BRISTOL — Candidates running for the Board of Education in the Nov. 3 election discussed how the school district can cope with the cost of state-imposed unfunded mandates at a political forum sponsored recently by the Bristol Federation of Teachers and the Bristol Parent Teacher Organization.
The teachers’ union and the PTA together came up with nine questions. Two candidates from each party were randomly chosen to respond to each question and each candidate had two minutes to speak.
“What can you do to help fund these required initiatives while continuing to fund other extra curricular activities within the education system?” asked David Hayes, BFT president.
Jeffrey Morgan, an incumbent Republican, said “First there should be no unfunded mandates but we do not control that.”
Activities may be funded by grants from private and government sources, Morgan said, citing the example of interscholastic middle school sports, which were brought back this year without raising the school budget.
The city’s Board of Finance gives the Board of Education a budget every year, He said. “It’s our duty to spend the taxpayers’ money wisely, which sometimes includes eliminating items that have cost the taxpayers millions of dollars.”
Karen Vibert, an incumbent Democrat, said the unfunded and under-funded mandates can be debilitating to the budget, she said, noting that she has often spoken with the state legislators in Hartford about the issue.
Measures like allowing businesses to assist the schools is not enough, she said. “I do believe the city needs to fund the BOE budget properly. We spend the lowest per student in our DRG [District Reference Group of municipalities with similar demographics], and definitely the lowest compared to our surrounding towns.”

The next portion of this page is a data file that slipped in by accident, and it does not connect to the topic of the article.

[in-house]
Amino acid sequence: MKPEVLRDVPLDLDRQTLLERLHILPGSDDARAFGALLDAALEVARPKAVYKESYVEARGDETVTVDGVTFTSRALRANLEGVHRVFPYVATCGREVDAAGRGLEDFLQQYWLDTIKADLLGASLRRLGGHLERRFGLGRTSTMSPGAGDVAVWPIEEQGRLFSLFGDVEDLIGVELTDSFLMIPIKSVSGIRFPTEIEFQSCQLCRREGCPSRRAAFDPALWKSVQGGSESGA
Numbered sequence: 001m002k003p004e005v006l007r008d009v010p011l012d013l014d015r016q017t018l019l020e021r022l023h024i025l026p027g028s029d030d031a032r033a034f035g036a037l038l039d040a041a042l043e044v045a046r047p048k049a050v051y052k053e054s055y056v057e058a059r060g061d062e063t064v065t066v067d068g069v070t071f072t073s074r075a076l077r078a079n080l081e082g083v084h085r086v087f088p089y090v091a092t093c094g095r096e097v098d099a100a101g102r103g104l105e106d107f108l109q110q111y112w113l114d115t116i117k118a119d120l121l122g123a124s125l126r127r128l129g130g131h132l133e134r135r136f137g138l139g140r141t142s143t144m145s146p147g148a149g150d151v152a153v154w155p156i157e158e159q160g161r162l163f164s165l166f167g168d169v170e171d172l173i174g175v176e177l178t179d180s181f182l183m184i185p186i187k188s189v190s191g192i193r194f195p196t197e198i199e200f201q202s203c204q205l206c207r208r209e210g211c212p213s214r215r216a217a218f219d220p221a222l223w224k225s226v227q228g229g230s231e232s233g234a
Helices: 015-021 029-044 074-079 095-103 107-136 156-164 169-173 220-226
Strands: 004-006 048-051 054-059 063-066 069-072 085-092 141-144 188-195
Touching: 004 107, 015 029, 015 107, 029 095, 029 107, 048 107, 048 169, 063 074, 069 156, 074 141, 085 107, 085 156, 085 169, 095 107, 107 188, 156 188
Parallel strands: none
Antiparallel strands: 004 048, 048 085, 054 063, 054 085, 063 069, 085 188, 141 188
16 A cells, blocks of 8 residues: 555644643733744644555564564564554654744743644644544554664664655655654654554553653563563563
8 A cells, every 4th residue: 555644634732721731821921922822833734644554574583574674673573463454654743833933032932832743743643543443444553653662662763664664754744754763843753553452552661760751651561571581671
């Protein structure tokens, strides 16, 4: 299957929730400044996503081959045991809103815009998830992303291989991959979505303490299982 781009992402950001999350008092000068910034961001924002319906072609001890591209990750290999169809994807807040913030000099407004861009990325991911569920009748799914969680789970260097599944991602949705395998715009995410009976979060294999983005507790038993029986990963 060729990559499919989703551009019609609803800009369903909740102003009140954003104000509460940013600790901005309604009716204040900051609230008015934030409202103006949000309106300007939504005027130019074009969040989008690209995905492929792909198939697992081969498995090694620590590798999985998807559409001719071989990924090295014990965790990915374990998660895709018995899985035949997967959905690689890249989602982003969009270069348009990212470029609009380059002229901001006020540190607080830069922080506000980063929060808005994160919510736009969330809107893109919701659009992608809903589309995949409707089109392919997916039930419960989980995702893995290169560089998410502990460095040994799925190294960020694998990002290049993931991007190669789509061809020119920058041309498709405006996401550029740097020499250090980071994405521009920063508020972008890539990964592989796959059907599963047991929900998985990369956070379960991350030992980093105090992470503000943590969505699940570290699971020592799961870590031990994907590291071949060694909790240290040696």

Vibert said supporting education is critical to maintaining property values here and making Bristol a place where young people want to buy a home.
“Unfortunately there is really nothing we can do about the unfunded mandates and the state funding, however what you can do is vote in people who support excellence in education,” she said.
Genard Dolan, an incumbent Republican, said “These unfunded mandates are costing us dearly.”
“Some we can overcome by being more diligent and seeking grants from both private and government sources, some require us to simply tighten our belts.”
He said the voters can continue to press the legislature to stop and consider the cost of such mandates to municipalities.
“It is a favorite pastime for Democrats to spend other people’s money — it happens at the federal, state and the local level,” he continued. “More thought must be used to consider the value versus cost and to make better decisions at the state level.”
Karen Hintz, an incumbent Democrat, said she, along with Chris Wilson and Karen Vibert, her fellow Democrats on the board, go to Hartford to talk to the legislators every year as part of the Connecticut Association for Boards of Education’s “Day on the Hill.”
“It’s a tough thing to stretch the budget to encompass everything we want to do,” she said, highlighting the example of the board changing its policy to allow foundations and businesses to advertise their names on projects they fund for the schools.
The policy change made possible the district’s Bookmobile, which brings books to children who don’t get to the public library, she said.
However, that’s an unsustainable revenue stream — the district needs funding sources that can be guaranteed year after year after year, she said, adding that “the return on investment in education is beyond anything else we can spend money on.”
Susan Corica can be reached at 860-584-0501 ext. 1802 or email@example.com